The Afghan Renaissance: The Journey We Need to Start Now!

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    Shaukat Zamani

    June 28, 2010

    In my recent articles titled “Towards a Prosperous Future” and “Why Can’t Afghans Make Adequate Partners?”, I briefly touched upon the need for a Renaissance in Afghanistan.

    The central theme of my Afghan argument is that there are certain inadequacies on our part that have directly contributed to the current state of Afghan affairs. Two such inadequacies stand out: Firstly, a particular tendency on the general Afghan part – what I call the “me, now culture” – where long-term national interests are overlooked in favor of short term individual pursuits, and secondly, a certain, general lack of belief in our own abilities to become important agents of change in our country.

    As a direct result, we put too much emphasis on the external factors of our post-1979 crises. There is an overriding predisposition to interpret our problems purely in the light of regional and global interference in Afghanistan. Consequently, we see ourselves as nothing more than pawns in the hands of our neighbors and global powers. The Western efforts in Afghanistan similarly are considered capitalist expansionist designs in pursuit of the Central Asian natural resources, or a modern manifestation of the centuries-old Great Game.

    This limited paradigm overlooks the fact that we Afghans have been equal partners in the tragedies of the post-1979 Afghanistan. But most importantly, it neglects the fact that we Afghans are, and can be, active and important agents of creating our own destiny.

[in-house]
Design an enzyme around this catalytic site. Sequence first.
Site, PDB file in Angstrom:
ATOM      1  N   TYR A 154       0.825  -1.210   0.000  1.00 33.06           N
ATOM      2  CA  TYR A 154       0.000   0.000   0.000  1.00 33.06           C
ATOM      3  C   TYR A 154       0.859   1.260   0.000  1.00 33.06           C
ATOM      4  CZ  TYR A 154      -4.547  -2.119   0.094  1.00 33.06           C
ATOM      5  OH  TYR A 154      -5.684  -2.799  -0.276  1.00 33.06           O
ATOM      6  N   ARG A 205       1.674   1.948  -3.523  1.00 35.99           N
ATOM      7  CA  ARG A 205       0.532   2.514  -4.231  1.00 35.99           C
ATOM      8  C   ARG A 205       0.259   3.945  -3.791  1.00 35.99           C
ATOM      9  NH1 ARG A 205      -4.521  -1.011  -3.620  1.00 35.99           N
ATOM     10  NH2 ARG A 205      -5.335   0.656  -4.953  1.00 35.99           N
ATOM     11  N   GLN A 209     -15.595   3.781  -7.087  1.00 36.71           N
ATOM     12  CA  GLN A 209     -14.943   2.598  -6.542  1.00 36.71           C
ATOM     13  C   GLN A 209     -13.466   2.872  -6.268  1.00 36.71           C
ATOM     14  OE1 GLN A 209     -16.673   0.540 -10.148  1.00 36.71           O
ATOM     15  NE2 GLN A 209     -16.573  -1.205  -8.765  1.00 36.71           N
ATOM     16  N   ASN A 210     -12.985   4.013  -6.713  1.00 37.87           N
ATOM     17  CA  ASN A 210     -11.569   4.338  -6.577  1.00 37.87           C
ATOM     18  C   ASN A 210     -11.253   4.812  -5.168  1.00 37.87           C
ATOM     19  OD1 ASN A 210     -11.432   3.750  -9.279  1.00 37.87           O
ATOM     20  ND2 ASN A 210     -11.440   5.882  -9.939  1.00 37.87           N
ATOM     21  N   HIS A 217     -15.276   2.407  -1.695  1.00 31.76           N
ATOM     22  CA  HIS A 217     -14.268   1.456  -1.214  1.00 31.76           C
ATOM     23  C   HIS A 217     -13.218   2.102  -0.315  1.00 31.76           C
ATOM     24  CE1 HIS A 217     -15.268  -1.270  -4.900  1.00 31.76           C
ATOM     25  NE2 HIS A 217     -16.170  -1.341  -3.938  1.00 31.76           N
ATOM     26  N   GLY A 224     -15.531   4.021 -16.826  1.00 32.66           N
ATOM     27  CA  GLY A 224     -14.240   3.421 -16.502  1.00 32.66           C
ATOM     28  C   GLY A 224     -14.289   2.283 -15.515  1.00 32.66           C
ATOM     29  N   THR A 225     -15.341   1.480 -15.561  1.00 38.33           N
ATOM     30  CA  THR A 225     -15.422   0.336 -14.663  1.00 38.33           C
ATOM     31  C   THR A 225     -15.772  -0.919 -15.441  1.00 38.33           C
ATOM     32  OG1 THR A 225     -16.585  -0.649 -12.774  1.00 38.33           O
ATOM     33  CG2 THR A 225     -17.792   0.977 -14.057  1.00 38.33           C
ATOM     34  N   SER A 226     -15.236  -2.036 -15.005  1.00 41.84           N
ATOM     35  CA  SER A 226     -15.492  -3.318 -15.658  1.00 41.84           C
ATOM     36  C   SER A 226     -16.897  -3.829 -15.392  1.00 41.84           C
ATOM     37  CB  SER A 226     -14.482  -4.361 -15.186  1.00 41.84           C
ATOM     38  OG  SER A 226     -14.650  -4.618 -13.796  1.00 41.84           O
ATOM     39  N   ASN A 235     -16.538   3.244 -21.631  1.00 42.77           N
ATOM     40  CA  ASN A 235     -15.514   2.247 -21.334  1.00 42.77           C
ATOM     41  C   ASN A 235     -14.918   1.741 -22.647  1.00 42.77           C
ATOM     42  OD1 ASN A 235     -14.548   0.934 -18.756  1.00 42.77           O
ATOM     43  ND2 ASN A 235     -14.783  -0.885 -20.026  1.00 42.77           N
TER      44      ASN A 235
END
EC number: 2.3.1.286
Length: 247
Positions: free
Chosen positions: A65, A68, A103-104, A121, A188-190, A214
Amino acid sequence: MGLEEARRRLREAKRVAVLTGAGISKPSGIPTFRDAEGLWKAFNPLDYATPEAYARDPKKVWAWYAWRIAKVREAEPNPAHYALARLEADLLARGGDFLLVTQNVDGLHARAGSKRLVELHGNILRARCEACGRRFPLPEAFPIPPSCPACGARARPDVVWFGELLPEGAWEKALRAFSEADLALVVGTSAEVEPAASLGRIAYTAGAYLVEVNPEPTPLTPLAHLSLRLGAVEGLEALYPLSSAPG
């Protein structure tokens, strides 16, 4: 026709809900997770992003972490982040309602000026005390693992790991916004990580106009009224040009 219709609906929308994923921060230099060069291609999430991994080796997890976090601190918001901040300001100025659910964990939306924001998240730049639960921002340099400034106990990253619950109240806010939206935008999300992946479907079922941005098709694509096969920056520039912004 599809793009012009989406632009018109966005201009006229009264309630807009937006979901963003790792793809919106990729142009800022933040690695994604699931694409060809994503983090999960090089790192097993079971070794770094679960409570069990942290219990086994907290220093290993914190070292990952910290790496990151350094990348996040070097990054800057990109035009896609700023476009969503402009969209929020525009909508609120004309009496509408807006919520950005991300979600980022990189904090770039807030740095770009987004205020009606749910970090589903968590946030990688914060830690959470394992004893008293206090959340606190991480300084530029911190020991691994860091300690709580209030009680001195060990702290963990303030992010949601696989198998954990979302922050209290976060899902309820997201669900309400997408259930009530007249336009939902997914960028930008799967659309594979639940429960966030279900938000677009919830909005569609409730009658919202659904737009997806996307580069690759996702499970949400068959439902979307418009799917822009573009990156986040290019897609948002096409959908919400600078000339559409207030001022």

We Need to Start a New Chapter of our History: The Afghan Renaissance

    Yes, we need a Renaissance in Afghanistan.

    An Afghan Renaissance is the only real, practical and legitimate solution to our current seemingly interminable crisis.

    Our Afghan Renaissance, above all, will be about looking inward and finding strengths that will enable us to change for the better, strengths that will help us set course for a new direction and achieve a qualitative and quantitative long-term societal transformation that is required in the context of the 21st century.

    The starting point of our Renaissance, our New Journey, is the attainment of the strength of self-critique, the strength to admit our failures.

    In our New Journey, we shall seek a higher level of consciousness which will help us identify with our “deeper selves”, or “the social us”, as opposed to “the individual me”; a higher level of consciousness that will assist us to identify with what is common about us as Afghans and Muslims, as opposed to the prevailing predilection that seeks to find what is different about us.